Amongst Heroes: The Artist in Working Cornwall

Art, Painting
4 out of 5 stars
(2user reviews)
Image Courtesy Plymouth City Council 'A Fish Sale on a Cornish Beach', 1885, by Stanhope Forbes

Two Temple Place stages its second winter exhibition with a major survey of work by Cornish artists. Created in partnership with the Royal Cornwall Museum in Truro, the show continues Two Temple Place's aim to showcase collections from outside central London while providing opportunities for emerging curatorial talent – this year's show has been curated by Courtauld Institute student Roo Gunzi, who is completing a PHD on Newlyn painter Stanhope Forbes. Forbes's work, including his famous painting 'A Fish Sale on a Cornish Beach' (1885), takes centrestage, along with other representations of Cornish men and women at work, primarily from between 1880 and 1920. The show charts the way in which these images played a role in the development and recognition of Cornwall as a centre for the production of realist art and its focus on the working landscape of Cornwall's coastline.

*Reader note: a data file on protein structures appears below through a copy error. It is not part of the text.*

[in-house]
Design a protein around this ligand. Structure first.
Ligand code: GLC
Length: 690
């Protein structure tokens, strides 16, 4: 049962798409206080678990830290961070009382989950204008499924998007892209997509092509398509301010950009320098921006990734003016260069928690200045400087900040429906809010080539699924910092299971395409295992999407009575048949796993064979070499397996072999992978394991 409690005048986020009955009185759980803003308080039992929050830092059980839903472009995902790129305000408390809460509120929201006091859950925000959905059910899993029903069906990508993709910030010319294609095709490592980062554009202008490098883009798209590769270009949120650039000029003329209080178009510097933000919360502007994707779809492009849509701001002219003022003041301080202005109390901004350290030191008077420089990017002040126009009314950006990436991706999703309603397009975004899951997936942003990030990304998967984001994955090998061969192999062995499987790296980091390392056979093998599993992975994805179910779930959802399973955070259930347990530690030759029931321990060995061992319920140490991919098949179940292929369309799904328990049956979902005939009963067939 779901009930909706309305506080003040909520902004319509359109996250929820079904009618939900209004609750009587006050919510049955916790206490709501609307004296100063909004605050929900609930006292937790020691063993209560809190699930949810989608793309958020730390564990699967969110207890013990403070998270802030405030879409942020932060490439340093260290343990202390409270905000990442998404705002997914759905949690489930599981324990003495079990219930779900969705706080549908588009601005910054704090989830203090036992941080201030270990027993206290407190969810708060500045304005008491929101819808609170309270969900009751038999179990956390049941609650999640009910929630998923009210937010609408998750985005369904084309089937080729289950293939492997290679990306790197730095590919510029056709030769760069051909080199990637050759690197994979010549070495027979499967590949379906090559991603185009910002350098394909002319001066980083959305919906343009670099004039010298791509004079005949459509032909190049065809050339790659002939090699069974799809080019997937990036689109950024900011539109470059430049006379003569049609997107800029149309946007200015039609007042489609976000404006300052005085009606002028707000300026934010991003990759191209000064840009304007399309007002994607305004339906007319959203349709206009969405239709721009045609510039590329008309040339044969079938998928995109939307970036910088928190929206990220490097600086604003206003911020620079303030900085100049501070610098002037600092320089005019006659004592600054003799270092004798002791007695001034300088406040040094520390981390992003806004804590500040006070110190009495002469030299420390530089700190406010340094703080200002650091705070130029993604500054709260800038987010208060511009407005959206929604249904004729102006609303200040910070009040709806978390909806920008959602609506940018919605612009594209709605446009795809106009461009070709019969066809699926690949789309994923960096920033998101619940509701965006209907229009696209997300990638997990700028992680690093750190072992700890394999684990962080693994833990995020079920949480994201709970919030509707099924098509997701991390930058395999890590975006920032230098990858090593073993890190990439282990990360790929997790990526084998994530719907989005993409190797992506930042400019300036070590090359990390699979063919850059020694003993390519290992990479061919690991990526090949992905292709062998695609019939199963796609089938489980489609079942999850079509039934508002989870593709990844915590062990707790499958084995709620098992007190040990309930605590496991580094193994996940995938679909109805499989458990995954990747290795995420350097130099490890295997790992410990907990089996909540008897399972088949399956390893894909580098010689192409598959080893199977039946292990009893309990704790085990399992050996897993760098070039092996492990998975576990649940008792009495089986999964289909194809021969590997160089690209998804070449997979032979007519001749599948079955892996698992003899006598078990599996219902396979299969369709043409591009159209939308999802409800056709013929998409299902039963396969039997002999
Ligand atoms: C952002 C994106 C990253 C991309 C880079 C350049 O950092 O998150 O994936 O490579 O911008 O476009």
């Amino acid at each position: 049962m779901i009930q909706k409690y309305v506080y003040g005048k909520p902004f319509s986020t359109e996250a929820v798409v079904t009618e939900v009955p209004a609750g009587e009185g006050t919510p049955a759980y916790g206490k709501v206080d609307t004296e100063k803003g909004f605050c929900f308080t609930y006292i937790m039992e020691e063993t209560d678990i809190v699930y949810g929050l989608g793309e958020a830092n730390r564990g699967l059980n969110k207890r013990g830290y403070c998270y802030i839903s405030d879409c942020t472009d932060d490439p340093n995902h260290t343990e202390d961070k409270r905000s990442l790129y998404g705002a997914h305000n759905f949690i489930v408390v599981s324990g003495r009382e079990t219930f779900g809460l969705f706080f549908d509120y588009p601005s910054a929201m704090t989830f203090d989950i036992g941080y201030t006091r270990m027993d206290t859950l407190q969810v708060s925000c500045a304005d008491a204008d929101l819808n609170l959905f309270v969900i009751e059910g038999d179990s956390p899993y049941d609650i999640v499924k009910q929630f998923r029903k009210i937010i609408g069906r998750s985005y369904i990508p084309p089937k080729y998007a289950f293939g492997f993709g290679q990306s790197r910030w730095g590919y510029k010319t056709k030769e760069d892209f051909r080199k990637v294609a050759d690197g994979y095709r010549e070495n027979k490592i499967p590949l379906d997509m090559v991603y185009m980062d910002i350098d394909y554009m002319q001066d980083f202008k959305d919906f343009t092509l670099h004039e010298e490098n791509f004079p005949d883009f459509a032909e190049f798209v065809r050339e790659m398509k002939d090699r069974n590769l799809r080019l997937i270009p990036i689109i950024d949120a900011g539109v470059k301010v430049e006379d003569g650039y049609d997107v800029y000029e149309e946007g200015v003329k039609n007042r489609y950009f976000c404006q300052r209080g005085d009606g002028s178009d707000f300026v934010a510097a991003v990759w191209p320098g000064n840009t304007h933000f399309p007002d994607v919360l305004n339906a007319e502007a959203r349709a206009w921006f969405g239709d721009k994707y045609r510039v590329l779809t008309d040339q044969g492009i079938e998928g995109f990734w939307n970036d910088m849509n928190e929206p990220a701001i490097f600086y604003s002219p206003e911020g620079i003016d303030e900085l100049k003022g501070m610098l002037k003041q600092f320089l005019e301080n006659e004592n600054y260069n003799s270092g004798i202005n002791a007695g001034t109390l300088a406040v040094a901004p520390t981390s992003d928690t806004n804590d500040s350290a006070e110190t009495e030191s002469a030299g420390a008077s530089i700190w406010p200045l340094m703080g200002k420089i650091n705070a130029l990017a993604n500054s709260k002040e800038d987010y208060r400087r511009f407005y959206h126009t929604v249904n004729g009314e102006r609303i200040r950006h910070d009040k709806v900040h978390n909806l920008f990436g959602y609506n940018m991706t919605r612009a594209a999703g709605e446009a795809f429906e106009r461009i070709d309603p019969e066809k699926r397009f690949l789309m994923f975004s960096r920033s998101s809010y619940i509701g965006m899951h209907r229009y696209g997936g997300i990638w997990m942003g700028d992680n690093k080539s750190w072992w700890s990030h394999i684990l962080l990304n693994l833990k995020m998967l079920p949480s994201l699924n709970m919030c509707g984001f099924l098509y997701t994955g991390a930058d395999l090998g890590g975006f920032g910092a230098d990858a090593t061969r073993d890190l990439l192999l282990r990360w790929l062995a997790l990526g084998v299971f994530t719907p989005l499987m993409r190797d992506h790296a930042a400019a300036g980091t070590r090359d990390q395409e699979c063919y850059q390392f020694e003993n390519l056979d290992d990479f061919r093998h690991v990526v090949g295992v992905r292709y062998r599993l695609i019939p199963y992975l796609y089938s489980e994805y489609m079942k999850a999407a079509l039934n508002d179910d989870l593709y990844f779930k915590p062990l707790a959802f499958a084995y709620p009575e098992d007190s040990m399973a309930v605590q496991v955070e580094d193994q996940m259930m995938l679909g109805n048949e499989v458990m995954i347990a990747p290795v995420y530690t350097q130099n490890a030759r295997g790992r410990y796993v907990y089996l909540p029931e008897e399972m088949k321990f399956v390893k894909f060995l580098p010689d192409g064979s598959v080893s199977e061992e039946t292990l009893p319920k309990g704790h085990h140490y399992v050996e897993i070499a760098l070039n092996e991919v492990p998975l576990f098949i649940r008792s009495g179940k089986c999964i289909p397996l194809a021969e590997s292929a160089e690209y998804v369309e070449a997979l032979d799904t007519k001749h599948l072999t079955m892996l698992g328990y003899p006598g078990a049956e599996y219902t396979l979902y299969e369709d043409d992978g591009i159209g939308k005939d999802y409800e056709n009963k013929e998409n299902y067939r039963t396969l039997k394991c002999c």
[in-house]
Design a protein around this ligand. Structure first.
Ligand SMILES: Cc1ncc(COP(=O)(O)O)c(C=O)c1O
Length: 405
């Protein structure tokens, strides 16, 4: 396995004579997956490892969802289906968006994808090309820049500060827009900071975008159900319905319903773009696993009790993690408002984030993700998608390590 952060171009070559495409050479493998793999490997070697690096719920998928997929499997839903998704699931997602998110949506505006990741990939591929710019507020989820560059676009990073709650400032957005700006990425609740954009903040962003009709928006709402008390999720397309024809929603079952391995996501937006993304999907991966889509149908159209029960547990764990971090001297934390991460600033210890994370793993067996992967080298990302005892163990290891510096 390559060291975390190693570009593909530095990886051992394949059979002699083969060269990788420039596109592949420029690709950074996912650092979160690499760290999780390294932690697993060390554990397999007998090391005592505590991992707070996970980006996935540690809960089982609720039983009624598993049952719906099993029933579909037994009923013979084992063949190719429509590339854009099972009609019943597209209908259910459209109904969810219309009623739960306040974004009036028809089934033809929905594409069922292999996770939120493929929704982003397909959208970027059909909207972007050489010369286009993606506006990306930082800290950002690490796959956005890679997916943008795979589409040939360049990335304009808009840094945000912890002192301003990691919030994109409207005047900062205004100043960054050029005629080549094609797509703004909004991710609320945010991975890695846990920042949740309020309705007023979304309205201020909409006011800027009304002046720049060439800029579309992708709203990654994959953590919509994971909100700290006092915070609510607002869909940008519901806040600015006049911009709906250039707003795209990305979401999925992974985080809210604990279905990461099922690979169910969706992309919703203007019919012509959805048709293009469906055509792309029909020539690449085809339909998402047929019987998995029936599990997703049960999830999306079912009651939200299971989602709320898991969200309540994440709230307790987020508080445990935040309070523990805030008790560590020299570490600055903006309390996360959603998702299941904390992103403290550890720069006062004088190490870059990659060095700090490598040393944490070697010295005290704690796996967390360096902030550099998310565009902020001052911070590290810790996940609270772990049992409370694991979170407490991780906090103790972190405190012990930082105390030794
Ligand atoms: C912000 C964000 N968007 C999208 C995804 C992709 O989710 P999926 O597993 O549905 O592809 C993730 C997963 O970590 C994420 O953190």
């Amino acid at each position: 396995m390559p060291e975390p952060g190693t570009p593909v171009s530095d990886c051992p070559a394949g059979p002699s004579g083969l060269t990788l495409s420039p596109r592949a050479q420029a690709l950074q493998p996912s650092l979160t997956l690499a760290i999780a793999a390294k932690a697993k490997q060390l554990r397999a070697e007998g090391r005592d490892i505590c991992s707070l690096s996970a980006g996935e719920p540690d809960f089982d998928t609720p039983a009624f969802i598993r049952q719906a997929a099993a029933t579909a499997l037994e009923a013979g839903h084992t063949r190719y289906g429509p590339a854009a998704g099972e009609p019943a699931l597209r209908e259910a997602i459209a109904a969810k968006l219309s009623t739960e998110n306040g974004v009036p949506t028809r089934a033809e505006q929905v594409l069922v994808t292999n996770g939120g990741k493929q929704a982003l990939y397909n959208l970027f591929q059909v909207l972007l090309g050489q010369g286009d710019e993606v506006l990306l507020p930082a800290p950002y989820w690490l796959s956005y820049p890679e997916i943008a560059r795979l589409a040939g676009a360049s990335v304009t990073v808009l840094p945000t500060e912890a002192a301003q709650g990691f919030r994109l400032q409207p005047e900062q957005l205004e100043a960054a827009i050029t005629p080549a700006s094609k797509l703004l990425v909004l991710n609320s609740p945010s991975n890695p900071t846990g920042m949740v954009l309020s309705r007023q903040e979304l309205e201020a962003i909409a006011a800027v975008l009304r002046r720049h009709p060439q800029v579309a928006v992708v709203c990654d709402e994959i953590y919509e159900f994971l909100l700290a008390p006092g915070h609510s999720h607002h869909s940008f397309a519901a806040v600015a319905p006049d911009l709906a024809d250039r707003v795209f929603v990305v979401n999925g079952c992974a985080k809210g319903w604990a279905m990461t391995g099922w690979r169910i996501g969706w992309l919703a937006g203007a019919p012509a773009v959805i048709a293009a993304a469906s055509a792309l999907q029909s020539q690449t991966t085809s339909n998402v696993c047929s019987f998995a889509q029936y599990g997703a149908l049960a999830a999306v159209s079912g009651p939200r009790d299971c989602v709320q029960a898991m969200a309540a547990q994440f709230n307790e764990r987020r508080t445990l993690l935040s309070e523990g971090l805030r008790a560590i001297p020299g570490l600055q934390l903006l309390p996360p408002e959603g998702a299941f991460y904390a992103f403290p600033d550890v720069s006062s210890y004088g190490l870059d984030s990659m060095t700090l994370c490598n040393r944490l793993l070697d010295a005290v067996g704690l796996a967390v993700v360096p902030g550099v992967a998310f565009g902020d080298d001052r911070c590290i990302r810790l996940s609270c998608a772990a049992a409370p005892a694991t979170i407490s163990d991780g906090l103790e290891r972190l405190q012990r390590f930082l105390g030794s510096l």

Average User Rating

3.5 / 5

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1 person listening

The first review says it all really - its more about the venue than the actual exhibits. I picked this as a wild card for a day in London whilst on a day trip from the North. It was viable as it was near to a favourite watering hole, the Edgar Wallace. 2 Temple Place seems to be the place that does not open its doors too often. Banners on the railing to draw punters in brought them to a door with temporary signs to Push!. The doorbells even suggested a shared occupation with a dog breeders association. Once inside a couple of sweet old dears in pearls and twinsets tried to take stuff for a makeshift cloakroom. Please. The exhibition itself was exactly what it suggested, well almost. If you think that folks going to the south of the country because of the fabulous light were inspired well think again. They got a lot of inspiration but only for fish and fishing boats. If you were expecting landscapes and portraits scattered amongst scenes of fish being caught then think again. Great because it was free and took ten minutes to see and it was a new venue for me.

The exhibit here is only the icing on the cake. The interior of this "Astor House" mansion is wonderful with all the wood works in the walls, fireplaces, windows and every nook and cranny. William Waldorf Astor engaged excellent wood carvers and there are statues and friezes of notable authors and characters from literature throughout the house. Go and enjoy!